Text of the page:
Four a priori–defined process of care measures (the provision of appropriate prophylaxis against PCP, tuberculosis screening, administration of pneumococcal vaccine, and documented discussions regarding advance directives) were assessed from medical record review. We also measured utilization of CD4+ cell counts and prescription of antiretroviral medications. Health-related quality of life (HRQL) was assessed with a HIV-specific survey.7,8
For prophylaxis against PCP, we documented care that complied with the U.S. Public Health Service recommendations.9–12 If patients were candidates for PCP prophylaxis, care was considered appropriate if they received trimethaprim-sulfamethoxazole, pentamidine, or dapsone. If patients were not candidates for PCP prophylaxis, care was considered appropriate only if they did not receive prophylaxis. Furthermore, we tracked CD4+ cell counts and changes in clinical status during the study period to document changes in eligibility for PCP prophylaxis.
We recorded documentation of tuberculosis screening and pneumococcal vaccination that met national recommendations.9–12 For the measurement of advance directives, we recorded evidence of a discussion of patient preferences for end-of-life care or formal do-not-resuscitate orders. Additionally, we recorded specific antiretroviral medications prescribed by physicians and changes in prescribed regimens.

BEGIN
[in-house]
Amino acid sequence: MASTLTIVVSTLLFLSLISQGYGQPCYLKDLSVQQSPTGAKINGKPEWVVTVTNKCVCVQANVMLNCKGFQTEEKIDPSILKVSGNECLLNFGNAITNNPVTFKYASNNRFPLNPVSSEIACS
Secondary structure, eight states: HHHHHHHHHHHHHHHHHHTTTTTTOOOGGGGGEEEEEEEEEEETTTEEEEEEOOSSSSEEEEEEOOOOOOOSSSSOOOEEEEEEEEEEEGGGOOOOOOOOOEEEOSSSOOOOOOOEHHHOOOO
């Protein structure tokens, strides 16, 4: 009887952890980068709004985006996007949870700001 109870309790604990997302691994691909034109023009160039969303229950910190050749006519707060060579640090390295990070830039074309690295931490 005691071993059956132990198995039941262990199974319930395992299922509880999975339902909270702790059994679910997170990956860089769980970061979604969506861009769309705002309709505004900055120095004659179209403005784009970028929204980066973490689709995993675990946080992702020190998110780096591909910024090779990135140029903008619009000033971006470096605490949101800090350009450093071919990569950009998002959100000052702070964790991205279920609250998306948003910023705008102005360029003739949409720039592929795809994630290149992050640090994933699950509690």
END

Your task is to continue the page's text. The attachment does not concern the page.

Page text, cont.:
We implemented an educational program that was mandatory for house staff and available for attending physicians in GMC. All primary care residents and an additional group of first and second year residents who expressed interest in HIV-related ambulatory care participated (n = 49 house officers). Teaching topics covered a curriculum intended to provide the foundation for appropriate primary care of HIV-infected patients (Table 1)In addition, quarterly case conferences were held to discuss specific cases and highlight the medical literature on the most current standards for HIV-related primary care. The initial study design included a parallel system in which study patients would be assigned primarily to a trainee with faculty supervision regardless of whether the trainees were in GMC or IDC. In GMC the trainees were all residents whereas in IDC the trainees were both residents and fellows.